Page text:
I often wonder what they’re like when they go home, because something’s gotta give. Who’s the real Watanabe sensei? Does he ever hang in his living room in just his shorts, blast X Japan and dance like no one’s watching? Does Mrs. Kawasaki ever speed her Prius down the highway with the windows wide open, a flask in one hand and that poof in her hair flapping halfway out the sunroof?

Field trip from hell!

If you’re like me, your image of a school field trip includes packing kids on the school bus, singing songs, heading to a zoo and basically having a good ol’ time. Well, I had that in my mind when I went on my first Japanese school field trip. I should have known better; my school isn’t anything like schools in the States, make no mistake. While it’s an all-girls school and teachers are very supportive and kind to students, it often resembles military school. The uniformity of it all is absolutely shocking if you aren’t used to it.

My jaw started dropping when we got to the hotel at our destination. I got out first with the other teachers. Next was the ‘leader’ students, about 5 of them. They were given strict orders, and proceeded to jog single file to the front desk of the hotel. Fun bus time was clearly over. The remaining troops on the bus were commanded to get out and line up by groups, and NO TALKING. Would you believe these students were all 17-18 years old? Bet you were picturing 11 year olds.

That evening, we had an epic teacher meeting. Seats at the tables were appropriately assigned by rank (this is taken very seriously and happens at every meeting at my school). The hotel staff cruelly put hot coffee and delicious cake in front of us which no one touched. The meeting began, and they proceeded to discuss in the most minute detail about the day’s happenings. “At precisely 3:12, X-san crossed the street at the highway rest area alone, without her partner.” “Nooo, are you serious?” “Yes, she’s always so troublesome!”

American girls at this age think they’re tough because they can join the military and vote, but at my school they’ve been in boot camp for years.

After HOURS of sitting at the meeting staring at my untouched coffee and cake, I vowed to never go on one of these so-called ‘field trips’ again. C’mon, let go of it people! The students are all alive, we’re in the middle of a beautiful mountain range, let’s toast to the good life and celebrate this transient moment! No? Oh, please continue with item 374. She did what? Left a clump of untouched rice on her dinner plate? You don’t say, will wonders never cease?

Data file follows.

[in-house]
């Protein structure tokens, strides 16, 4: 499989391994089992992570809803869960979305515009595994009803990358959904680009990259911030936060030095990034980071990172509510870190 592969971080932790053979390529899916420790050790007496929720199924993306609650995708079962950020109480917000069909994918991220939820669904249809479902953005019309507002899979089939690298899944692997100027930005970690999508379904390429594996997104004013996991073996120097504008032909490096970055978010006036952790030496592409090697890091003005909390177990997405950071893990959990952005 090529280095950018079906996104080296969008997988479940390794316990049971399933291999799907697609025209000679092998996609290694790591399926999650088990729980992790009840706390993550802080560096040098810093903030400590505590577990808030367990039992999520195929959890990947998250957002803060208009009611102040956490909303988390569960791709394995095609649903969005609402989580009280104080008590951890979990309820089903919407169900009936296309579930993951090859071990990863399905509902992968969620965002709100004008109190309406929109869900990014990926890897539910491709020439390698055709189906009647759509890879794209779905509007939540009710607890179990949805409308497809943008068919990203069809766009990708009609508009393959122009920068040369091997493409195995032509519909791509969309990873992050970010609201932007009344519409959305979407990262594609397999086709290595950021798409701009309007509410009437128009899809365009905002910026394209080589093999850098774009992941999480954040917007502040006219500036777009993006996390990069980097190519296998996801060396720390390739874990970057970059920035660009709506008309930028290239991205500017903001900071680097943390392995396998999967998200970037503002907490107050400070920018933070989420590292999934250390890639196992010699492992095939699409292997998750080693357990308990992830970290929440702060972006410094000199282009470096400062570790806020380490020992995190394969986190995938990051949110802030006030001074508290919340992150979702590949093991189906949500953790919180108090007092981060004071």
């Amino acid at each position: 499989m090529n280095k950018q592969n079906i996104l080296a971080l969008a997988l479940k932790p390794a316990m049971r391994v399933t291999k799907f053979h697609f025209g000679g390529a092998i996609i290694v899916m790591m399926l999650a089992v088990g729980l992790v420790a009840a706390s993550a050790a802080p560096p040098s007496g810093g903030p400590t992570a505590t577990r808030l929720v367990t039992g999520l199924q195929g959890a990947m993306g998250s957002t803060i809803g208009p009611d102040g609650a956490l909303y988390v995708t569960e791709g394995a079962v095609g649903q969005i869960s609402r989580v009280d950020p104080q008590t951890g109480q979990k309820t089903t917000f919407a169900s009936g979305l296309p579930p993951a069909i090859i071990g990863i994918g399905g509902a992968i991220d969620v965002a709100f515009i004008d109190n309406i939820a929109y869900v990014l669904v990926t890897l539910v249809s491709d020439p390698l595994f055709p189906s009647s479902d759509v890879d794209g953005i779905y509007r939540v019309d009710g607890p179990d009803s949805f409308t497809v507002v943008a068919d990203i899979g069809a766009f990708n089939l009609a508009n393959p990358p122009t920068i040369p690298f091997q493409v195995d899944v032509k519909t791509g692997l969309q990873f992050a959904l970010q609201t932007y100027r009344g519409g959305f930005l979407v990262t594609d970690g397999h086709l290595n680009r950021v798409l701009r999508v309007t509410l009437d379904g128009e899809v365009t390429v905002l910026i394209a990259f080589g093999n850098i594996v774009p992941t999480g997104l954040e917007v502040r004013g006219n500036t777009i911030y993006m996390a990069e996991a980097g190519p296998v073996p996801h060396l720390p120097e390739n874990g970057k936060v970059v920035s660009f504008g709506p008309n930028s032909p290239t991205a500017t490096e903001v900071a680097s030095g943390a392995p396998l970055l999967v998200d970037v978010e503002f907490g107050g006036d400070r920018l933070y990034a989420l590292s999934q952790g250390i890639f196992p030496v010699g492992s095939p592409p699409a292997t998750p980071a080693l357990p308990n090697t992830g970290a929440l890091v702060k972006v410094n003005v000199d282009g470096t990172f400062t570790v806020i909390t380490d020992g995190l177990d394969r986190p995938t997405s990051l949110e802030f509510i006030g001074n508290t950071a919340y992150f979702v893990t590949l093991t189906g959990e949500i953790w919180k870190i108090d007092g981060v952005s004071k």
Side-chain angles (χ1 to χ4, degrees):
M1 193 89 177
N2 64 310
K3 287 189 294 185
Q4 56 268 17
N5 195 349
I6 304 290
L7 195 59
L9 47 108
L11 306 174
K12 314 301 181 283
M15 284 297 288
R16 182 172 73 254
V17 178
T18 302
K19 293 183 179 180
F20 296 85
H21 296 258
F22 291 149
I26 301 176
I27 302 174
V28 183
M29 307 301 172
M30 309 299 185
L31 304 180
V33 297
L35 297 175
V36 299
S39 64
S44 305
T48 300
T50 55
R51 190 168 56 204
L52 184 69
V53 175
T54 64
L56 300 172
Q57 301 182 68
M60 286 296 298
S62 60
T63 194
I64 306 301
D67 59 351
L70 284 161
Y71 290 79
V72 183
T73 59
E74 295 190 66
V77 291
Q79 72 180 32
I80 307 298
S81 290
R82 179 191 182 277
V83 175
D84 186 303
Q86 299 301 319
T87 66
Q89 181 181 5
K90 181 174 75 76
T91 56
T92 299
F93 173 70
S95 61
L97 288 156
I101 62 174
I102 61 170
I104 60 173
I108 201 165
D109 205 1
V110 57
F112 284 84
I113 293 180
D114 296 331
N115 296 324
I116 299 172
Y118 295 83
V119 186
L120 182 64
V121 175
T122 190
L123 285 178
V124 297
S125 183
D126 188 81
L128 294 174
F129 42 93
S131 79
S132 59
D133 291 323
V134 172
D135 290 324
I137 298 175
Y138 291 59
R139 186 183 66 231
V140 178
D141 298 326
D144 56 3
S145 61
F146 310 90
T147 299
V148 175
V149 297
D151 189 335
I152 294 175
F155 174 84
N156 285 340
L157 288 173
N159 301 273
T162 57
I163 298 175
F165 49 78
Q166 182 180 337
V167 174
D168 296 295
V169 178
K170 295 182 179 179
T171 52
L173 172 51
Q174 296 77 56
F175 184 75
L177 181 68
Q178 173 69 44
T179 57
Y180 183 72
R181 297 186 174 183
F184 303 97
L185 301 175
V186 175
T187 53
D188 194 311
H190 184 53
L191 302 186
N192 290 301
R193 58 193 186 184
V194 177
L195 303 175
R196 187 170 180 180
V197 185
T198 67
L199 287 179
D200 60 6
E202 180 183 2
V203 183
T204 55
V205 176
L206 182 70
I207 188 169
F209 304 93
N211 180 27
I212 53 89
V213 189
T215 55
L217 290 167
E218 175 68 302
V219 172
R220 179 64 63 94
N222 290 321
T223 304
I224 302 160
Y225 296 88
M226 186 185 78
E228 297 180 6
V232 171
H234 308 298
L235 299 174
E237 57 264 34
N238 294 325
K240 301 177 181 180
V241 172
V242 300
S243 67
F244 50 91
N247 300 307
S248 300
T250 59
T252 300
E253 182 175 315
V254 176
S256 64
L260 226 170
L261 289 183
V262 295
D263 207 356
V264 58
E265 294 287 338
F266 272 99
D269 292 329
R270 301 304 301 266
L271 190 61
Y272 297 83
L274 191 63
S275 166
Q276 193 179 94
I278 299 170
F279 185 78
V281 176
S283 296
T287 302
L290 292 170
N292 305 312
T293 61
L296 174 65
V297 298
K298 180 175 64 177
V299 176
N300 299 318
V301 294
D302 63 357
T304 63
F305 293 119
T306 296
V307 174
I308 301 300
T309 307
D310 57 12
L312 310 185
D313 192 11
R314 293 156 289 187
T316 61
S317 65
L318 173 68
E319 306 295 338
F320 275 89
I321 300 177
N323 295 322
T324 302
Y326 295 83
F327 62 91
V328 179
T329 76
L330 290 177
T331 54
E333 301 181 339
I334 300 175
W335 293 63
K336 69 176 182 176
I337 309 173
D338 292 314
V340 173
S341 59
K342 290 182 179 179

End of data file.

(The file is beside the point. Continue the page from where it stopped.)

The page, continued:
The Good

The word ‘omiyage’ means souvenir in Japanese, but just translating the word does it no justice. It’s like saying the Brazilian ‘Carnaval’ is a festival. It’s based on a spirit of sharing and generosity, and connects people in a very nice way. It also is a great source of stress because it gets very complicated.

The Dark Side

True gift giving comes from generosity, but in Japan it’s often purely obligatory, like forced charity. For example, if you’re getting married in Japan (which I avoided), make sure you invite as many guests as you can. That’s because they’re all supposed to bring money to the wedding, and luckily for you, it’s not an amount of their choosing. Wedding guests have to fork over about US$300 per person! The bad news is, you and your new spouse have to use most of that money to pay for your traditionally exorbitant Japanese wedding which includes the return gifts you have to give the guests. Are you following this?

So whenever I get invited to a wedding, no matter how dear the friend, I’m congratulating them on the outside, but I’m really thinking, “At least I had the decency to get married abroad,” or “Oh great, can’t wait to pay 300 bucks for a coffee pot and Calvin Klein handkerchief.” My wife and I were invited to 3 weddings one year, you do the math. Ah, I’m sorry, ah, excuse me, from now on I’m out of town for all Japanese weddings.

Please stop. Please.

We used to have wonderful neighbors at our old place. They were an older couple, the husband maybe 85 and his beautiful wife much younger, I’d say 65. The reason he could nab such a younger babe was because he was the head of a huge promotional business in Tokyo, and many of his clients were among the most famous celebrities in Japan. We hardly ever saw him, but she regularly dropped by our place to give us gifts, usually some obscure seasonal Japanese vegetable you had to Google in order to figure out how to eat.